Even after attending a Grand Prix (Belgium ’09, on my honeymoon no less, I will post about that at some point), even after watching the cars fly right by like jet planes, you just can’t wrap your mind around how fast the cars are, what the cornering speeds are, not to mention the braking power.  And TV cannot convey these acts of defying physics because it’s difficult to have a reference point while watching on TV. This past weekend I watched NASCAR at Watkins Glen (I know, I went to the dark side, it happens when there is no F1 on)  and the cars looked so slow driving around the track, right up until there was an accident and then time and space, and the rate of objects became very defined. And by defined I mean it becomes apparent that the rate of these objects is: very very very frickn’ fast. (That’s a technical phrase.)

For good or for worse when taking about Senna there is no way not to also talk about Alain Prost. Teammates and enimies they defined an era. Prost is now a board member of the Senna Foundation.

For good or for worse when taking about Senna there is no way not to also talk about Alain Prost. Teammates and enemies both world champions, they defined an era. Prost is now a board member of the Senna Foundation.

So while racing might seem ‘safe’ in this era, or at least ‘safer’, we racing fans know deep down that it is not safe. Danger will always be part of the sport, the draw, the sexiness, the fact that flesh and bone will tame and guide metal (and carbonfiber) to the ultimate reward–what we as humans value more that anything–WINNING, despite the consequences, and against all odds.  I think the turning point for me in the film comes when Dr. Sid Watkins retells a moment between Senna and himself that took place that fateful weekend in San Marino after the horrible accident that claimed Ratzenberger’s life.  Shortly before Senna got in the car for his last drive, Dr Watkins says to Senna, who was a little freaked out by Ratzenberger’s death, “You have three championships, you like to fish, so do I, lets both quit today and go fishing.” (paraphrased), to which Senna replies simply, “I can’t”.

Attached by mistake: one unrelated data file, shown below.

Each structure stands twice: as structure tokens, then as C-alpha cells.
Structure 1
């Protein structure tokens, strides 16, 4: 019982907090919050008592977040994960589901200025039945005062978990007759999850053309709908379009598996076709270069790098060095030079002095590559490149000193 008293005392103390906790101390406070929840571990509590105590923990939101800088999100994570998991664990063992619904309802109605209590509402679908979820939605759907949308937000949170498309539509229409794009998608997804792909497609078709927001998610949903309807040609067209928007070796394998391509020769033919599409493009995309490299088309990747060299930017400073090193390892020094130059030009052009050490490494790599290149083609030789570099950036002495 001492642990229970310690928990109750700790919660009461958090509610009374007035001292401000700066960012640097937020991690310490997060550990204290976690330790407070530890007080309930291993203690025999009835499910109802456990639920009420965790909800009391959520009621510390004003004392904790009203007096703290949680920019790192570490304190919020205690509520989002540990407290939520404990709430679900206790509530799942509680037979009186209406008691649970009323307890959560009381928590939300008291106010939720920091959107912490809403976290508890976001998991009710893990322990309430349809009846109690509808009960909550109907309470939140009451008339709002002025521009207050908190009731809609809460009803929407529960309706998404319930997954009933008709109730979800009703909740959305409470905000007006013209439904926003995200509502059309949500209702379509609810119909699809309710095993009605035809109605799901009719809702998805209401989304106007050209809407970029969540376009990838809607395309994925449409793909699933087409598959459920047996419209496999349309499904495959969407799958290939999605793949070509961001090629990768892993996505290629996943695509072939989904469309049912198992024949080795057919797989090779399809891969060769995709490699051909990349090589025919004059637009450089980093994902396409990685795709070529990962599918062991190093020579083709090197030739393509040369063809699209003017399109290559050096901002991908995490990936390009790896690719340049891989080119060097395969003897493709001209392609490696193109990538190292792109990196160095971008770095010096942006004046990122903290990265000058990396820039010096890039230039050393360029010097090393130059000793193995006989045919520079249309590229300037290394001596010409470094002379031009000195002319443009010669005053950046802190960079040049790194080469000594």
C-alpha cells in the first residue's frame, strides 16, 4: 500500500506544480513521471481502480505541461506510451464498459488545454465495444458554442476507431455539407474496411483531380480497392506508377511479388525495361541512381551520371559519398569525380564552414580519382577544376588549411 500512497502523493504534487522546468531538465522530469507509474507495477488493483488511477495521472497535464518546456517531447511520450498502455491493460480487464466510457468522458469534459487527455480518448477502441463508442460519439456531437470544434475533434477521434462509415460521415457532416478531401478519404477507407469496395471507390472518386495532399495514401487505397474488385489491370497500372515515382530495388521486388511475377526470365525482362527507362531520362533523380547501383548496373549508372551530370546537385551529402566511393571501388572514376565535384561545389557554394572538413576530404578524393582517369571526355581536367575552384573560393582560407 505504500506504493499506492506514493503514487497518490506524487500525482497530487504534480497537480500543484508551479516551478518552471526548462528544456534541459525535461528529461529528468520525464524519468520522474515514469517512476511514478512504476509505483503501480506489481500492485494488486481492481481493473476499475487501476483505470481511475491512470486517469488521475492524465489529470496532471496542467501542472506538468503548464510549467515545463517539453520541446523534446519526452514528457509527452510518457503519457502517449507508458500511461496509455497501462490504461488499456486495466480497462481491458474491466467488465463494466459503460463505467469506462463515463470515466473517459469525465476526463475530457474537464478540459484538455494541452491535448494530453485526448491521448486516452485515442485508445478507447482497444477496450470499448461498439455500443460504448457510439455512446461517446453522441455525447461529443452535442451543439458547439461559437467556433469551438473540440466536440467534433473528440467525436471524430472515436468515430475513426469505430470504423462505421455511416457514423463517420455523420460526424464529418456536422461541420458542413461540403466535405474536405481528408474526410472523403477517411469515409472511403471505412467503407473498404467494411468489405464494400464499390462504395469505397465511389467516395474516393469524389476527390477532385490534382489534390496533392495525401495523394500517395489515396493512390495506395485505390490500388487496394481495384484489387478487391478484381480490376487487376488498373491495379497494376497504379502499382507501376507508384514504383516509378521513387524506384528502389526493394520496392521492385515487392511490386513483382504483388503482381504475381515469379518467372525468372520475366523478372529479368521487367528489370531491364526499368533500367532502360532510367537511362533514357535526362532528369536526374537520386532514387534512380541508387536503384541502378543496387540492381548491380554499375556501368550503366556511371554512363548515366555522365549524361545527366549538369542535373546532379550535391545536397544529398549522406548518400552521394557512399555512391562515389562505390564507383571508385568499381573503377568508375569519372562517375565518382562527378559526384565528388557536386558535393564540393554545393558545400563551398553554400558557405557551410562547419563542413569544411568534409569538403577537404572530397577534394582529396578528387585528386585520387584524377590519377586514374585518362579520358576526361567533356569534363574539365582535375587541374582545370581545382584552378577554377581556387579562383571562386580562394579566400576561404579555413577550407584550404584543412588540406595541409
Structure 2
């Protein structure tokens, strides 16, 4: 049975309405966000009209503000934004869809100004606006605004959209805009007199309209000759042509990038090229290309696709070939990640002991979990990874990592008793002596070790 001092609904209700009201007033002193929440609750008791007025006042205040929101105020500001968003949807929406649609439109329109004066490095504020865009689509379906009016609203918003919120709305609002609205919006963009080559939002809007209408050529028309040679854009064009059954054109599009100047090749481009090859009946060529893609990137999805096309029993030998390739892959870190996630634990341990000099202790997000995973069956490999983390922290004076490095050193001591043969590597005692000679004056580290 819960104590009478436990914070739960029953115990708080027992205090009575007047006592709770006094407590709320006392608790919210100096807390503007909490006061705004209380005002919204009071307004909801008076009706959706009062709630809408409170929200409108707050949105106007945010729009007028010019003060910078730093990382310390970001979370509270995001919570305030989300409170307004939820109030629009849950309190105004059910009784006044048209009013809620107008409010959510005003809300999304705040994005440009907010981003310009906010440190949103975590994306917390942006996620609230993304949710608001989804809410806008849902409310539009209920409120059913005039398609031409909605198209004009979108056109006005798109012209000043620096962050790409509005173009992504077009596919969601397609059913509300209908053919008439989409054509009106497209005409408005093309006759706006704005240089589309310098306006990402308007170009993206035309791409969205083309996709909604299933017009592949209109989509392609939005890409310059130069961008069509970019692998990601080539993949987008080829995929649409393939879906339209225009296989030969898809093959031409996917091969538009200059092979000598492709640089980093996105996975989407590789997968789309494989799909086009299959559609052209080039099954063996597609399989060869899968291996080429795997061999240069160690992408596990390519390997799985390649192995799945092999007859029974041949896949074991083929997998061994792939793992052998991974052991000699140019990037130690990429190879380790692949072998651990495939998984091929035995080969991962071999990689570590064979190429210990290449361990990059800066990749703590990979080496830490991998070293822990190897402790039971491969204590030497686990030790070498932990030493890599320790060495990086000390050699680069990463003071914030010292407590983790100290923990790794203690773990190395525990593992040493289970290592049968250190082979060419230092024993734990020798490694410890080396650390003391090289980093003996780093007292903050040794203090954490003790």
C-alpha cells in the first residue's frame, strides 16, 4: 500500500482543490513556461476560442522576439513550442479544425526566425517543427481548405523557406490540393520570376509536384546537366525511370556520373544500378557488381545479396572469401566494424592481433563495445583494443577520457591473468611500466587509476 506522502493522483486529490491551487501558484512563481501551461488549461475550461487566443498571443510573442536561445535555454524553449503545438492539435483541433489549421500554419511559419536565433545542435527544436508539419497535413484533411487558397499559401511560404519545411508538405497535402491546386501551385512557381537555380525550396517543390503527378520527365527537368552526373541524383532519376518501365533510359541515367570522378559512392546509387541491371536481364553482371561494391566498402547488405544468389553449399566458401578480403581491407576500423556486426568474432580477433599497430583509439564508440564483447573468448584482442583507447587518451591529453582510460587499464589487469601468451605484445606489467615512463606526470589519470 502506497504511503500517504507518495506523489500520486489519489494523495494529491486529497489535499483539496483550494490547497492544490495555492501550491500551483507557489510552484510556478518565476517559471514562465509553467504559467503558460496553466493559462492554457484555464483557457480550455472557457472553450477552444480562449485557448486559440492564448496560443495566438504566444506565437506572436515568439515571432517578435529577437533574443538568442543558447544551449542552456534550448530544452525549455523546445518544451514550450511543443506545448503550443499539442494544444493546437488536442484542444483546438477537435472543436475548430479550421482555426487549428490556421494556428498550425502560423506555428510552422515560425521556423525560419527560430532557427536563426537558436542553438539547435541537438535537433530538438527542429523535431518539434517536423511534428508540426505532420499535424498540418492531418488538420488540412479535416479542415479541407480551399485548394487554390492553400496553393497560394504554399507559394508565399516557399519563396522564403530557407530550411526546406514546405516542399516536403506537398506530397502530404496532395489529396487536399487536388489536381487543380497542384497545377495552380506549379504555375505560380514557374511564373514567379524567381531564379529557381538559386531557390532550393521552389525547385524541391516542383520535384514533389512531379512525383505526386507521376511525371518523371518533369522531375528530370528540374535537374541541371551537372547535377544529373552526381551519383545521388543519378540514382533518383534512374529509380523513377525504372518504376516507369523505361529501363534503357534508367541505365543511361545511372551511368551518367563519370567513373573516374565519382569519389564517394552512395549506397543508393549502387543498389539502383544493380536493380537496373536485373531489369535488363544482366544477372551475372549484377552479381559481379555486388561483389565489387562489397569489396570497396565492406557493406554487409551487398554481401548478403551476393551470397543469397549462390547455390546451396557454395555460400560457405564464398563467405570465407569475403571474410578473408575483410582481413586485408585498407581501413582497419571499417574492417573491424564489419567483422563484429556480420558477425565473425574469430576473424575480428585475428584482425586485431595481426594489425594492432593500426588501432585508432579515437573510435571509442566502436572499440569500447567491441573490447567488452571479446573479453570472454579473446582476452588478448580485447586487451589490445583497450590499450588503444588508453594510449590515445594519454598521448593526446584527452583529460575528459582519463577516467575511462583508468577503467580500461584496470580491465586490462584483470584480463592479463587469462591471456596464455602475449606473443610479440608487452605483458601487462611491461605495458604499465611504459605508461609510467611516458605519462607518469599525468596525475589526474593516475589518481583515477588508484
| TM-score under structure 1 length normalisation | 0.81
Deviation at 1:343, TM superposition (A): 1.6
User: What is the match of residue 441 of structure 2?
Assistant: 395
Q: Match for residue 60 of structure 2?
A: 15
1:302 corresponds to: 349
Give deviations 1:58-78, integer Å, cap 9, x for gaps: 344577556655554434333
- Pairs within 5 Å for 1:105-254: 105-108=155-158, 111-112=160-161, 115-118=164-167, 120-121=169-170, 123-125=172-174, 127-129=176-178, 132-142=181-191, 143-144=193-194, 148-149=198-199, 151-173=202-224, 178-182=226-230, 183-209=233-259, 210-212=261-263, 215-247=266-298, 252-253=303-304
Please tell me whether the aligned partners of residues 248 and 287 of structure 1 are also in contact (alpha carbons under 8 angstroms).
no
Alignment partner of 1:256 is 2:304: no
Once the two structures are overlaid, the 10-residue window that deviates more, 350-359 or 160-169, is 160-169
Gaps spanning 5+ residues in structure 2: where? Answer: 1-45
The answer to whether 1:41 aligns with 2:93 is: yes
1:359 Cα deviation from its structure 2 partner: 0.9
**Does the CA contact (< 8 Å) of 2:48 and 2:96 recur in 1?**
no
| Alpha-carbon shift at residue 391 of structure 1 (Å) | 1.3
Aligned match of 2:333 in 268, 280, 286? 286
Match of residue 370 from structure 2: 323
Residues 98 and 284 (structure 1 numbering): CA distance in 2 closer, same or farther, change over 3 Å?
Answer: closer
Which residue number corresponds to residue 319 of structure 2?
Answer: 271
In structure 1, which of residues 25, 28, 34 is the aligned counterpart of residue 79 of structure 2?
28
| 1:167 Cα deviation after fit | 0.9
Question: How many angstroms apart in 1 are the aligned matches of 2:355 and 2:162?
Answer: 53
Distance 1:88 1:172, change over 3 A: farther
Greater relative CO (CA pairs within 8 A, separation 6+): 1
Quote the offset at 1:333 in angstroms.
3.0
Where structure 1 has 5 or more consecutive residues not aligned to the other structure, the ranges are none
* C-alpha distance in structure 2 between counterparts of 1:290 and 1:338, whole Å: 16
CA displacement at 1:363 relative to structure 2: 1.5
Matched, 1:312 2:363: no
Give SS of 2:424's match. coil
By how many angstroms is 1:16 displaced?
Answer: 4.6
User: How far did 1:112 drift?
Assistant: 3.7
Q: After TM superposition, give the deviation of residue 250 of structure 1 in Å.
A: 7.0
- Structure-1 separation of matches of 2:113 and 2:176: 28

This is the somewhat dark part of the true nature of man, the fact that in light of what we know to be the logical choice, we choose the not-so-logical one, for good or for bad. And this exact paradox is also what is so compelling about Formula One as well: If you get in the car you can win, but by winning you may also die. It was true in the time of the Romans as a gladiators, the time of King Arthur’s court with knights of the roundtable, and it is true now, as modern day knights wear racing suits as armor, display helmets with their nations colors, and do battle over the course of 60 laps. And that is what makes race car drivers so BAD-ASS!! And that is why we watch.

I’m going to take driver safety a little less for granted since seeing the Senna documentary. I hope I never see anyone in any discipline of racing in a crash that results in a lost life, although that is probably wishful thinking. I hope the FIA and the sport keep up the other pursuit, the one called safety. And so far, since Senna, so good.   jp.

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3 Comments on “Ayrton Senna There Will Never Be Another Like Him – The Fragility Of Life

  1. Senna seemed to convey an outwardly open passion for driving that no other driver that I can think of ever did – to the point of he’s always right and everyone else is always wrong. There were certainly flaws there, but oh, boy, that passion…

    Speaking of the danger, you should have started following Grand Prix racing in the late 1960s as I did. It was rough going…

    • i can only imagine. whenever i get a chance to watch old footage, the first thing that comes to mind is how absolutely unsafe looking the cars are. they are so small and driver looks like he sitting halfway out of the cockpit.